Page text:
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Decisions of the Superior Courts of New South Wales, 1788-1899

R. v. Dundalli [1854] NSWSupCMB 9

Aboriginal defendant - murder

Supreme Court of New South Wales, Moreton Bay

Therry J., 20 November 1854

Source: Moreton Bay Courier, 25 November 1854, p. 2

Dundalli, an aboriginal native, was indicted for the wilful murder of William Boller, at the Pine River, in the month of September, 1847. Mr. Faucett appeared for the defence.

The circumstances out of which this trial arose have been so very frequently before the public in this journal, that a brief digest of the evidence will be sufficient on the present occasion.

James Smith deposed that in the latter part of the year 1847 he was sawing in a scrub at the Pine River, the deceased William Boller holding the top of the saw, and witness being in the pit, when the top sawyer let go the saw, and on looking up, witness saw a number of blacks around the pit. Boller was running away, and a black speared him. Witness tried to get out of the pit, when the prisoner Dundalli threw a waddy at him, and knocked him back. At length he got out, and called to the blacks to know why they were angry. Dundalli made some reply, and threw a spear at witness, which, however, missed him. Witness found Boller in the hut, wounded. With some difficulty he was got to the neighbouring station of Mr. Griffin, and thence removed to Brisbane hospital, where he died. Witness was quite confident of the identity of the prisoner, whom he had seen several times. Had seen him since at the Deception River, when he answered to the name of Dundalli, and called witness by the name of "Bunta", which the blacks usually called him. [During the examination of this witness in Court the prisoner frequently addressed him as "Bunta."]

John Griffin, settler, at the Pine River, deposed that he saw the deceased Boller on the day alluded to. He had several spears sticking in his body, and was staggering. Witness had him removed to the station, and rode towards Brisbane to give information, when he met the Police Magistrate and Doctor on the road. Boller was subsequently removed to the hospital. Witness had seen the prisoner Dundalli occasionally, and knew him particularly, as he was a strange black, and not belonging to the tribe about witness's station.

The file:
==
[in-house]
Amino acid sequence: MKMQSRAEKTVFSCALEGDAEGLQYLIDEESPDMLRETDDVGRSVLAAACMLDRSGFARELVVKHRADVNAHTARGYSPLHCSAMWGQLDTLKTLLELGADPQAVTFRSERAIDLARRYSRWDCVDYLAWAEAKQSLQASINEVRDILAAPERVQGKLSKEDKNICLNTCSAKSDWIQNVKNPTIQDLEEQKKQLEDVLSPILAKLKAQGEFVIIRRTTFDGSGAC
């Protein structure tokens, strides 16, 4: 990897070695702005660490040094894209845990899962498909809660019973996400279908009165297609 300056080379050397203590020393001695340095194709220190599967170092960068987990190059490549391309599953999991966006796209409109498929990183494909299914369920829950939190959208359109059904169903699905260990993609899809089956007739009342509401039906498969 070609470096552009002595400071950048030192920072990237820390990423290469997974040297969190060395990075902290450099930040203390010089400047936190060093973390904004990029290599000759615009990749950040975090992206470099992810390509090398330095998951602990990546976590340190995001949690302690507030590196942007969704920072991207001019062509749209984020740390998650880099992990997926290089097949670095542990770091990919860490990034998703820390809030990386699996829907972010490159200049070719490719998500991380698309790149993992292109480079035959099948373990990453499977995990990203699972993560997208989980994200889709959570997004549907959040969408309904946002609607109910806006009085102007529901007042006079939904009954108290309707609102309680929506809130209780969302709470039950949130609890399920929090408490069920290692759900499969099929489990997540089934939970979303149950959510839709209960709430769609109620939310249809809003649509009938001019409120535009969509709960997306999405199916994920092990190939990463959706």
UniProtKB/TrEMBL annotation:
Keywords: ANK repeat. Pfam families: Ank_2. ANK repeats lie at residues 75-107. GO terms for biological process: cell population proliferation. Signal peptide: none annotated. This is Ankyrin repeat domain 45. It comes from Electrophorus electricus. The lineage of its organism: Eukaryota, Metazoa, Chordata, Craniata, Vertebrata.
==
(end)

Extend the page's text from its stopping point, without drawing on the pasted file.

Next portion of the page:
Dr. Caanan deposed to having attended the deceased, Boller, in company with the late Dr. Ballow. Deceased had several flesh wounds, but death was caused by inflammation resulting from a wound in the cavity of the abdomen. Death was the necessary result of this wound.

Mr. Faucett made an eloquent and powerful appeal to the jury on behalf of the prisoner, and closed his address with some strong comments upon the insufficiency and the mockery of the protection said to be thrown around the blacks by the British Government.

His Honour, in charging the jury, expressed his emphatic dissent from these sentiments of the learned counsel for the defence. The Government and the law, his Honour said, threw every practicable protection around the Aboriginal natives, and crimes committed against them by the whites were visited with certain punishment. His Honour then proceeded to comment carefully upon the evidence, and left the case to the jury, who, after retiring for about a quarter of an hour, found a verdict of Guilty. ...

Dundalli, the aboriginal native before convicted, was again indicted, for the wilful murder of Andrew Gregor, at the Caboolture River, in the month of October, 1846.